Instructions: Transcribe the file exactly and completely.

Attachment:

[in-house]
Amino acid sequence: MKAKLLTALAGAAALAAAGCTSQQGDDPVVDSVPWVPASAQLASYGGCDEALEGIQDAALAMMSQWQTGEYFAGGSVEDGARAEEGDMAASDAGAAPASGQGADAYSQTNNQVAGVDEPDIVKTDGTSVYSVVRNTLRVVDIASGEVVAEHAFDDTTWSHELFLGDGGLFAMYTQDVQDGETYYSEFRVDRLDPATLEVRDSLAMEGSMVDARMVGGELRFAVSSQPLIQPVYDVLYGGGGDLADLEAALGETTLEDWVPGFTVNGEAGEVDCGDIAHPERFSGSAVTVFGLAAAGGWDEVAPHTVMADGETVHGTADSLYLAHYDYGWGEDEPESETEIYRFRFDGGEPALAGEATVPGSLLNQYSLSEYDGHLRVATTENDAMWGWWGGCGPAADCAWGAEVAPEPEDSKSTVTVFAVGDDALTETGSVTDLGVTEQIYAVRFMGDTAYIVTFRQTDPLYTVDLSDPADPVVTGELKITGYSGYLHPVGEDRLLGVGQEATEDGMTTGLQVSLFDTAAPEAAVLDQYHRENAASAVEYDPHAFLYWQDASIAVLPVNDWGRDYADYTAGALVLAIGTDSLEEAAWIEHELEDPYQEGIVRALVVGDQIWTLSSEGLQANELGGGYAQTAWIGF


[in-house]
Amino acid sequence: MKAKLLTALAGAAALAAAGCTSQQGDDPVVDSVPWVPASAQLASYGGCDEALEGIQDAALAMMSQWQTGEYFAGGSVEDGARAEEGDMAASDAGAAPASGQGADAYSQTNNQVAGVDEPDIVKTDGTSVYSVVRNTLRVVDIASGEVVAEHAFDDTTWSHELFLGDGGLFAMYTQDVQDGETYYSEFRVDRLDPATLEVRDSLAMEGSMVDARMVGGELRFAVSSQPLIQPVYDVLYGGGGDLADLEAALGETTLEDWVPGFTVNGEAGEVDCGDIAHPERFSGSAVTVFGLAAAGGWDEVAPHTVMADGETVHGTADSLYLAHYDYGWGEDEPESETEIYRFRFDGGEPALAGEATVPGSLLNQYSLSEYDGHLRVATTENDAMWGWWGGCGPAADCAWGAEVAPEPEDSKSTVTVFAVGDDALTETGSVTDLGVTEQIYAVRFMGDTAYIVTFRQTDPLYTVDLSDPADPVVTGELKITGYSGYLHPVGEDRLLGVGQEATEDGMTTGLQVSLFDTAAPEAAVLDQYHRENAASAVEYDPHAFLYWQDASIAVLPVNDWGRDYADYTAGALVLAIGTDSLEEAAWIEHELEDPYQEGIVRALVVGDQIWTLSSEGLQANELGGGYAQTAWIGF